Rachel Bodine graduated from college with a BA in English. She has since worked as a Feature Writer in the insurance industry and gained a deep knowledge of state and countrywide insurance laws and rates. Her research and writing focus on helping readers understand their insurance coverage and how to find savings. Her expert advice on insurance has been featured on sites like PhotoEnforced, All...

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Leslie Kasperowicz holds a BA in Social Sciences from the University of Winnipeg. She spent several years as a Farmers Insurance CSR, gaining a solid understanding of insurance products including home, life, auto, and commercial and working directly with insurance customers to understand their needs. She has since used that knowledge in her more than ten years as a writer, largely in the insurance...

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Reviewed by Leslie Kasperowicz
Former Farmers Insurance CSR

UPDATED: Oct 30, 2020

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The exposure of an insurance company is the total liability they would have to cover in the event of the maximum possible claim being made and accepted under any particular policy.exposure

How is exposure calculated?

Exposure is normally calculated by insurance companies in exposure units, these can be defined in many different units.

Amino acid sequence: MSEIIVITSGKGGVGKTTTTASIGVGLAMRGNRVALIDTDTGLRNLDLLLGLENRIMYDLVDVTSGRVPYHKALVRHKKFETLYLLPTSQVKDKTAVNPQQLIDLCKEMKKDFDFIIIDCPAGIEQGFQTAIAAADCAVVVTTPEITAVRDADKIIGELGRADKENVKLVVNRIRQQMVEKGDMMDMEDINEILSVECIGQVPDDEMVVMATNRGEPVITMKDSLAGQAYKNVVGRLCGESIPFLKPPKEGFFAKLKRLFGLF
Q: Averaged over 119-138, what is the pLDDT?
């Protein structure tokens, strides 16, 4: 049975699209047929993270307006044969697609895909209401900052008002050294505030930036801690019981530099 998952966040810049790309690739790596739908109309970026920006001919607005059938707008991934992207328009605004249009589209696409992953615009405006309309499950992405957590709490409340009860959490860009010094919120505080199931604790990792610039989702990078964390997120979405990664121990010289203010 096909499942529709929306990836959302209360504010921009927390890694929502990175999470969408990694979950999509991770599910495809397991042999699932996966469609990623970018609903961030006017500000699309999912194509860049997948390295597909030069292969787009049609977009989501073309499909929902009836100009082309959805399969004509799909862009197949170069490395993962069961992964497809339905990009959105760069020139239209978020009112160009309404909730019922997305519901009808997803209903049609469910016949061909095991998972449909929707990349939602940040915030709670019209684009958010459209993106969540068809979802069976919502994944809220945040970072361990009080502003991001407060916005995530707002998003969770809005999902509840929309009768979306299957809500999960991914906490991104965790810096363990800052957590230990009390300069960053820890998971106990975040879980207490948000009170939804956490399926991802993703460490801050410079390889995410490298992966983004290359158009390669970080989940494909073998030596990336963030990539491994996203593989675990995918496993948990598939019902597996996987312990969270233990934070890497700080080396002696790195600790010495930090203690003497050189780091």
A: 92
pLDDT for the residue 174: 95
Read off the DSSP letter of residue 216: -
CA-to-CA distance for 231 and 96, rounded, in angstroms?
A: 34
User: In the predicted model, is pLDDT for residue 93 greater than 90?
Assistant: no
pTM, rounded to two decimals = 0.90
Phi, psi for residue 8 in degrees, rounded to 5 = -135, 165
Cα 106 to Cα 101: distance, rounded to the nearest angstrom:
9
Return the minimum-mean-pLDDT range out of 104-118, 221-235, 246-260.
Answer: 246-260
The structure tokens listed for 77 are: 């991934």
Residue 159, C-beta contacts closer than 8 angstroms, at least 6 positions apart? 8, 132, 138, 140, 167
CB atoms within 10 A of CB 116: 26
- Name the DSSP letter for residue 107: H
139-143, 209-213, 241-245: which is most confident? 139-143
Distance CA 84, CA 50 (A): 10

For example:

Payroll Units – this could be in the case of employer’s liability insurance or workers’ compensation

Receipts – in terms of coverage for a retailer or storekeeper

Sales – in terms of coverage for loss of current and/or future earnings for businesses

Square-footage or simply area – This would be applied for buildings or property insurance in some instances

Man-Hours – for more general liability insurance

Per Unit – for manufacturing insurance where the per unit production figure is a key part of the manufacturing process

Or most commonly of all per $1,000 of value covered by the policy

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Is exposure the same as the maximum benefit my policy can pay out?

Not really, most insurers don’t assume the entire risk of a policy on their own. In fact it is common practice to have some of the risk underwritten by another insurer or insurers. In these instances your insurer does not have the same level of exposure as they would have if they had assumed all the risk themselves.

In practice some specialist insurers may choose to assume all the risk of a given policy particularly in those cases where their exposure is limited and risks are perceived to be negligible in terms of a maximum benefit claim, but this is an exception to the rule. In these instances however your insurer’s exposure would be exactly the same as the maximum benefit payable under the terms of your policy.

In practice what does an insurer’s exposure have to do with me?

Most of the time an insurer’s exposure will be kept within strict limits and in terms of ordinary operations an insurer will have enough assets and additional insurance to offset the costs of paying benefits under individual policies.

However an insurer can become over-exposed if risk management procedures aren’t properly adhered to and in these instances it may be that a rush of claims can lead to insolvency for the insurer.

In the case of insolvency policy holders are given preference over shareholders when it comes to distributing remaining assets and funds.

Additional Exposure (Insurance) Definition